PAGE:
Times of financial crisis are rarely the most interesting and constructive. Except those who are in the camp of those who buy back the risky investments of others at a low price. Because the trend quickly turns into a greedy and aggressive search for responsible people, most often different from themselves. Particularly in the cryptocurrency sector, as volatile as it is (almost) devoid of any centralized structures to complain about. But nothing, because law firms offer to fix this by launching risky collective actions. The latter is against the Yuga Labs studio, which is responsible for the Bored Ape yacht club and the APE cryptocurrency.
The Bored Ape Yacht Club (BAYC) project, since its launch, has become a symbol of the euphoria that has gripped the NFT token sector. With a floor price that remains unabashedly above 85 ETH (around $130,000) while their selling price was below $100. And the hyperactive development dynamics that led to the emergence of the APE cryptocurrency, and more recently, to the Otherside metaverse. Every time with real success.
A dynamic that is also the source of many criticisms of Yuga Labs, the studio responsible for this digital success story. We are talking about dubious acquaintances with neo-Nazi iconography, which is sometimes very alarming. Or even in relation to the tokenomics of the APE cryptocurrency, which is very far from decentralization and Web3, as its initiators assure us. The latter is presented as independent from Yuga Labs, which would only accept it after launch. Important detail for the rest of this case.
Yuga Labs opposes class action
This case clearly comes from the United States. This is a country where you can file a complaint about almost all the consequences of stupid behavior, if there was no explicit warning not to do so. And between the one who dived into the pool of 10 cm of water, and this dog, which died from being dried in the microwave, is now Yuga Labs. This is part of a class action lawsuit initiated by the law firm Scott+Scott. In the meantime, clearly looking for investors to line up in the ranks of potential plaintiffs. Purpose: “to claim compensation for losses incurred in the purchase of Yuga Labs and NFT tokens.”
“Yuga Labs investors were improperly incentivized to purchase financial products, namely ApeCoin and non-fungible Bored Ape Yacht Club (“NFT”) tokens. Yuga Labs management used celebrities and endorsements to inflate the prices of NFTs and the company’s tokens. This tends to promote the prospect of growth and change for a huge return on investment for unsuspecting investors.”
The procedure is still at the stage of a simple solicitation of an offer. Because there has not yet been an official complaint from Scott + Scott in this case (if it really exists). The main workhorse is the ability to deposit NFT tokens in the Securities and Exchange Commission (SEC) financial securities box. This would constitute a breach by Yuga Labs regarding their previous registration with this US entity. But this exercise seems risky given the legal uncertainty surrounding these non-fungible tokens at this time.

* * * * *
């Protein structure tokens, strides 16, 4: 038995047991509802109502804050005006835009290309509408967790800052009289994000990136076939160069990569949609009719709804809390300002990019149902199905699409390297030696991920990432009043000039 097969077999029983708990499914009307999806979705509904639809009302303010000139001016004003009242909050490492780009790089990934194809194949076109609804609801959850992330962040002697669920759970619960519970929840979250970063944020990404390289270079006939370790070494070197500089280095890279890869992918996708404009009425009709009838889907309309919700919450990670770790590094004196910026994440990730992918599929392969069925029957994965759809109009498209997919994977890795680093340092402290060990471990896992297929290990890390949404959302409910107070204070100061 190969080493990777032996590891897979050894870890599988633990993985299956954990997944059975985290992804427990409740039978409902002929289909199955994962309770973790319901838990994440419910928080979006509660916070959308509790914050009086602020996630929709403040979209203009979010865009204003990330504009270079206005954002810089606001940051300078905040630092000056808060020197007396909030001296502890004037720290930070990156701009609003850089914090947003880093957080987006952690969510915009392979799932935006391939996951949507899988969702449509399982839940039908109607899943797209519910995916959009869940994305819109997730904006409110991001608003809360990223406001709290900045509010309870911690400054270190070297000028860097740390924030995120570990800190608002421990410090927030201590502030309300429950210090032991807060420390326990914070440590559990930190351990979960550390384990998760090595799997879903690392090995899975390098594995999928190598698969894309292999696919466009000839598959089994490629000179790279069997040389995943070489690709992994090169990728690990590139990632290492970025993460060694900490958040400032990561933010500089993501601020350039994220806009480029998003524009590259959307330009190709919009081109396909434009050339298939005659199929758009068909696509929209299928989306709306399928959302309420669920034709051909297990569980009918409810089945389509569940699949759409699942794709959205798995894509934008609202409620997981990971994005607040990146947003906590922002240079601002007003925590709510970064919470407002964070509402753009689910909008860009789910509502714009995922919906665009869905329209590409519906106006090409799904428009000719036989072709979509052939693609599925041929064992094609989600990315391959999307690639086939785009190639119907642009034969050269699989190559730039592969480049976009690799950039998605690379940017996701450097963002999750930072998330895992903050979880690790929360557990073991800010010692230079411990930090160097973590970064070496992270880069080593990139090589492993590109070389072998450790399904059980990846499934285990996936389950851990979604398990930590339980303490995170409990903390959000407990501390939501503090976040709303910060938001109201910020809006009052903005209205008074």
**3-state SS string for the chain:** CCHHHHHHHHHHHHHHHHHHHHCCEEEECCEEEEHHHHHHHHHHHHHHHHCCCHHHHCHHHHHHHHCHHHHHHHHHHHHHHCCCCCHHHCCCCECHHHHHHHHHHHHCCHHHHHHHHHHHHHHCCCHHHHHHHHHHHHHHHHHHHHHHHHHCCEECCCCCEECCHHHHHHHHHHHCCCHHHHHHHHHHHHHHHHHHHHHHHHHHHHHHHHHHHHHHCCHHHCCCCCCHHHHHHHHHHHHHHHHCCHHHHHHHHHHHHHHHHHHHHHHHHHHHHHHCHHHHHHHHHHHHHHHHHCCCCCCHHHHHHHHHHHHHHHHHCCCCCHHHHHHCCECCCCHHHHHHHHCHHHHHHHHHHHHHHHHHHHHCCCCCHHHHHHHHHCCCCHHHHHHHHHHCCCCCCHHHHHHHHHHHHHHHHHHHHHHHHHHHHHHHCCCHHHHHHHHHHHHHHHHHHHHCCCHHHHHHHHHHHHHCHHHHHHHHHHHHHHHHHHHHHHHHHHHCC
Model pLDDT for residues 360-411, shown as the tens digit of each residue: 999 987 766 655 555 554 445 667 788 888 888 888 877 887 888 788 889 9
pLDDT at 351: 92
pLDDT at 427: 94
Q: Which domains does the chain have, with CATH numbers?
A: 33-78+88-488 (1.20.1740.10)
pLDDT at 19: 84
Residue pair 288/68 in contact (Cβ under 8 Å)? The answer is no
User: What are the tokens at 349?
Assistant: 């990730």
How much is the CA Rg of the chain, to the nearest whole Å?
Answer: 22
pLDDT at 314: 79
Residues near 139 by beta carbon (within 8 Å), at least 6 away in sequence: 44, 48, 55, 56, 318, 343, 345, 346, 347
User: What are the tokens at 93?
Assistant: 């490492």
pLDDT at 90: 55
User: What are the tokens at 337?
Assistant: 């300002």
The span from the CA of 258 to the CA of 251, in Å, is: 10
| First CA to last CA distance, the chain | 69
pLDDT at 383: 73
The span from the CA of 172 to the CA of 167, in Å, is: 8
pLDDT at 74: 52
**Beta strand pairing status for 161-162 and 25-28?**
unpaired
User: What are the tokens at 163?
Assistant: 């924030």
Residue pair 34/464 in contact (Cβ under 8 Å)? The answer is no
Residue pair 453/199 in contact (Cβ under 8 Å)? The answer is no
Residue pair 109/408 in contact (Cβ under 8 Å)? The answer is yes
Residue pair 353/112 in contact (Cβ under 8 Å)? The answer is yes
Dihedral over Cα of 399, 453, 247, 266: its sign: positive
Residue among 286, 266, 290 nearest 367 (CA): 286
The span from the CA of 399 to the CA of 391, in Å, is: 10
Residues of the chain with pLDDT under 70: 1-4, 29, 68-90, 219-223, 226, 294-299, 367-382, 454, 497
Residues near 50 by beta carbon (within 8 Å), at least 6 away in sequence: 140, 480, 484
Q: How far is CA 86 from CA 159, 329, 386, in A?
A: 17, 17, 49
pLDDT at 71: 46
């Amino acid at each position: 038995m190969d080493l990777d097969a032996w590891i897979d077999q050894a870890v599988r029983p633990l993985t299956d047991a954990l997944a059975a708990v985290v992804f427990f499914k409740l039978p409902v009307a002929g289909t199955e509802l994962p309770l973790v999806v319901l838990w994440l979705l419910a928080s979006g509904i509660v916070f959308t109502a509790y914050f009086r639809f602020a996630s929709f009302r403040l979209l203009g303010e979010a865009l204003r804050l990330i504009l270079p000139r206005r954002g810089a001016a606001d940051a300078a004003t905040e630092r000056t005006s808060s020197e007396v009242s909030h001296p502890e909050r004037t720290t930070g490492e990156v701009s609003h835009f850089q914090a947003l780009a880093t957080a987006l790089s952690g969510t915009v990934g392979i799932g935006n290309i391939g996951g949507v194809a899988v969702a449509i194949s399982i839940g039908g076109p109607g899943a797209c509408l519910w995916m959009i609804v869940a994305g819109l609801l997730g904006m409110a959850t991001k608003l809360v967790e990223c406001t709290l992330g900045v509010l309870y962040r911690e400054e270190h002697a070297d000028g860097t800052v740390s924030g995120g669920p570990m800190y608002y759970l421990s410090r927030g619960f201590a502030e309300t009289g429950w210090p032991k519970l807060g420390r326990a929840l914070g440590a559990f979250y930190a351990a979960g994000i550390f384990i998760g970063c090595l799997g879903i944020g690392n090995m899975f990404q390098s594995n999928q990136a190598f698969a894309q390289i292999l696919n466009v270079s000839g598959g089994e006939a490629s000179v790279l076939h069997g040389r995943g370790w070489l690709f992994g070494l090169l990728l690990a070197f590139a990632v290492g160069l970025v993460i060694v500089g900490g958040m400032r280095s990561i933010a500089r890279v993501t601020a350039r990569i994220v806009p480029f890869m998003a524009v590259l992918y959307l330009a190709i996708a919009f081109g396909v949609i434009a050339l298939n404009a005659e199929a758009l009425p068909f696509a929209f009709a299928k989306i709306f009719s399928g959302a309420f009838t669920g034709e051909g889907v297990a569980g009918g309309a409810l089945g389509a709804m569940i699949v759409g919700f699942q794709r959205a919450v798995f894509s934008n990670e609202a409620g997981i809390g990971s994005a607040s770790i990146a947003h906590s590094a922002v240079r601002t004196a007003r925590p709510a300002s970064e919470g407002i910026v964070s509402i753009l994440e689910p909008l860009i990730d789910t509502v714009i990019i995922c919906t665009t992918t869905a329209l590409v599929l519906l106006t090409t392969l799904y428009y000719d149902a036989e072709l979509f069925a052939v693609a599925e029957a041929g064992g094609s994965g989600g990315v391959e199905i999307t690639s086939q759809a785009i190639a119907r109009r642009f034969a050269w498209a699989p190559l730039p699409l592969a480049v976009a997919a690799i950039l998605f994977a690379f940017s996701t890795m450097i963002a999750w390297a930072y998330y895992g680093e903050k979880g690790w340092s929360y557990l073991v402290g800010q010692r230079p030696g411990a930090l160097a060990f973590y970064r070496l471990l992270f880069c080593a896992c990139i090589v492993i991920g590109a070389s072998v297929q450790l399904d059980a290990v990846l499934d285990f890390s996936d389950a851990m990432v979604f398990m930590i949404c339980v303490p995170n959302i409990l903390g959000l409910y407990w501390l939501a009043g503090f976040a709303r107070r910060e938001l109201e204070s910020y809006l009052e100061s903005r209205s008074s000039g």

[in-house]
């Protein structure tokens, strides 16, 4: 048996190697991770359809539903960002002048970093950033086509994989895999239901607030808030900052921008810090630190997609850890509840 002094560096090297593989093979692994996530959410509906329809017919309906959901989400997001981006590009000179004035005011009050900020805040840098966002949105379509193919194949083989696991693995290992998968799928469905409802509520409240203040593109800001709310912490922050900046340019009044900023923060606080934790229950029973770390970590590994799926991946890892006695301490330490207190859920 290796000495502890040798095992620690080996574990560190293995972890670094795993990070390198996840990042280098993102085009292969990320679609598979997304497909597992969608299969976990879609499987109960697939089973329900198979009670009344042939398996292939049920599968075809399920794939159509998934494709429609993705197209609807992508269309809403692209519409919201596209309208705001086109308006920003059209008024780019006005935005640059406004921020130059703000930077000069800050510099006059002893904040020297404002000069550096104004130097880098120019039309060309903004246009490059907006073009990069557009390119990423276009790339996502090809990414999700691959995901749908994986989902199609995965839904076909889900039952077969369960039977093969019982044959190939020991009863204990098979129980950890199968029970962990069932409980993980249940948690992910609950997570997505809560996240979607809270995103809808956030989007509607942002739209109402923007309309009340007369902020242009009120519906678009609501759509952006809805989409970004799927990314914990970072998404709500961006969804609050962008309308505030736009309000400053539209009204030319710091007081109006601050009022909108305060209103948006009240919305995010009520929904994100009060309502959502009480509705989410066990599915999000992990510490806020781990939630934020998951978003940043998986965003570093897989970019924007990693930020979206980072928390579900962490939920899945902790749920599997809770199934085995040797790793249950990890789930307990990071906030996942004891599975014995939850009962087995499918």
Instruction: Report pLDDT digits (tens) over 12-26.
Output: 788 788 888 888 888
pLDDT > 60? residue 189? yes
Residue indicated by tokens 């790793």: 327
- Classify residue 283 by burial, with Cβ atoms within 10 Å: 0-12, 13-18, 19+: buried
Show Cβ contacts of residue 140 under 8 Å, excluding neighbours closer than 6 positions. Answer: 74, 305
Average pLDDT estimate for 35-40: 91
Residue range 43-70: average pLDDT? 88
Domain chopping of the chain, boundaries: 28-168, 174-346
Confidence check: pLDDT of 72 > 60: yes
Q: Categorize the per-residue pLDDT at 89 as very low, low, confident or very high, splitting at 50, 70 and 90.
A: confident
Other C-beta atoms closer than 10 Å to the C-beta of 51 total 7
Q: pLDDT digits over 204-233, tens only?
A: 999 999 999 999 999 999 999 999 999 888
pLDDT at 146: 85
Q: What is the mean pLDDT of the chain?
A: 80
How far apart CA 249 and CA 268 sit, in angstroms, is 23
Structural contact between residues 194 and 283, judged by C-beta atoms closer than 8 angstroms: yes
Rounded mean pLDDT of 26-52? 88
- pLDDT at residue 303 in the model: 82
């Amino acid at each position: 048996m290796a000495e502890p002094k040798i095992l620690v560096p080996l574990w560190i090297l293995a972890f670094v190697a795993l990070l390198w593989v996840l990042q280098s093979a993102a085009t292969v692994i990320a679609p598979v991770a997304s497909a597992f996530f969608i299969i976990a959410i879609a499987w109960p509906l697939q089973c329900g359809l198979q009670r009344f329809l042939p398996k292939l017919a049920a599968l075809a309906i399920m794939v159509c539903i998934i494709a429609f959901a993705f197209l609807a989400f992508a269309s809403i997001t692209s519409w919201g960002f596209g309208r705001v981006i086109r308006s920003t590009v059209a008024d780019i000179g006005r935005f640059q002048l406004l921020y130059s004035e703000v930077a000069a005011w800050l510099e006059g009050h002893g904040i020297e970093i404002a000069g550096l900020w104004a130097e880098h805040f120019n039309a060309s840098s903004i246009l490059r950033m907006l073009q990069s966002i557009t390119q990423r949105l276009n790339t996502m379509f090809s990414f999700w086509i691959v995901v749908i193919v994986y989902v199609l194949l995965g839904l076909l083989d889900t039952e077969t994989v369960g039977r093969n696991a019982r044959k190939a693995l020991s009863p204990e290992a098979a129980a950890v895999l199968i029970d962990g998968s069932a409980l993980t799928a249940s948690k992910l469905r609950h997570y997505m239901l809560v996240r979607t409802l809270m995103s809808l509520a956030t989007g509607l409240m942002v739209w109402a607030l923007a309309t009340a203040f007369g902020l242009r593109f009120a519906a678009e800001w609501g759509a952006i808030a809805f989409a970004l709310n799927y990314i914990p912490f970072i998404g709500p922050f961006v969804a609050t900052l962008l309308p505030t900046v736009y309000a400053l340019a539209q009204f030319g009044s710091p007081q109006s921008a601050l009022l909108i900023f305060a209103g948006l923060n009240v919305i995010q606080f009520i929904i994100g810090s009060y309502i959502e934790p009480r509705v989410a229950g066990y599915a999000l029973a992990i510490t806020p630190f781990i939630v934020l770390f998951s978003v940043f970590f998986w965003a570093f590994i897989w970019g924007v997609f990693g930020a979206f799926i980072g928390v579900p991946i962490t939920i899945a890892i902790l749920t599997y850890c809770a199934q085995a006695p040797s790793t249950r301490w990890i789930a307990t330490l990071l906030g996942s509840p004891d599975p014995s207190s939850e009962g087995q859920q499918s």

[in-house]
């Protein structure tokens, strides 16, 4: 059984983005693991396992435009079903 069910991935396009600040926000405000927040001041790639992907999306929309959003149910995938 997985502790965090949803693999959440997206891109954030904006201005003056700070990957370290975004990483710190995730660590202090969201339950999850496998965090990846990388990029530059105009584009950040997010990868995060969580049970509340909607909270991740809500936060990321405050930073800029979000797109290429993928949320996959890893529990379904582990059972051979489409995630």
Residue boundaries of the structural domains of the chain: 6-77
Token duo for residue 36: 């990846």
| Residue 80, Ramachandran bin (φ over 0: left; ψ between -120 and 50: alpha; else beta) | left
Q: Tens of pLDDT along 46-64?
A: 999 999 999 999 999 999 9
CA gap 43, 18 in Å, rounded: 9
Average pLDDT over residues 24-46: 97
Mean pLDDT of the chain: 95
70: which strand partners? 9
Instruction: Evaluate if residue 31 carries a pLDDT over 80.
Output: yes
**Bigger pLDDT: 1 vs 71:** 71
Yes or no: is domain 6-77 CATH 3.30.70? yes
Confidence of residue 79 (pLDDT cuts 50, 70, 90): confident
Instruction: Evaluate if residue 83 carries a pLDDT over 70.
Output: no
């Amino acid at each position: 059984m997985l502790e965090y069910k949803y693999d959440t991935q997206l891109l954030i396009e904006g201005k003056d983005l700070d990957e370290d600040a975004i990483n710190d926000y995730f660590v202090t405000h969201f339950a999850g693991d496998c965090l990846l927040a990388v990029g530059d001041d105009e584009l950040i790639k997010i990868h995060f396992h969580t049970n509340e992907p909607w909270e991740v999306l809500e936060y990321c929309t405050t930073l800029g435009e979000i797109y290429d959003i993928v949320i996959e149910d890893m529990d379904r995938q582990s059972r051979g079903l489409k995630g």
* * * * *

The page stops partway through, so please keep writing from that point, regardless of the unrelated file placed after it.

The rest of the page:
Yuga Labs – APE cryptocurrency in sights
That is why Scott + Scott is also attacking the APE cryptocurrency, launched in parallel with the Yuga Labs structure. However, the latter was simply “adopted” by the company, once launched in such a way that it was presented as a standalone. A bit like the CRV cryptocurrency of the Curve protocol, August 2020. With this little view, don’t give a damn about the world, while remaining at a sufficient distance not to risk possible legal consequences. Like a class action lawsuit initiated by an obscure law firm that clearly lacks vital information in this area…
“After selling millions of fraudulently promoted NFTs, Yuga Labs launched ApeCoin to attract more investors. Once it was revealed that the advertised growth was entirely dependent on continued promotion (as opposed to actual utility or underlying technology), retail investors were left with tokens that lost over 87% of their value from their April 28 inflated price. 2022.“
However, there is no doubt that this procedure can find some motivated investors. In an attempt to recover all or part of the 76% – at the time of this writing – of losses incurred by the APE cryptocurrency since its ATH on April 28, 2022 ($26.70). But there is only one real question: who is insulting whom in this story? Lawyers from the firm Scott+Scott who suggest that there might be something to gain in the card of this class action. Or Yuga Labs, which sold the now iconic NFTs and suffered the launch of an accepted cryptocurrency. It never presented anything but the possibility of an upsurge that could just as easily become relevant again. You have two hours…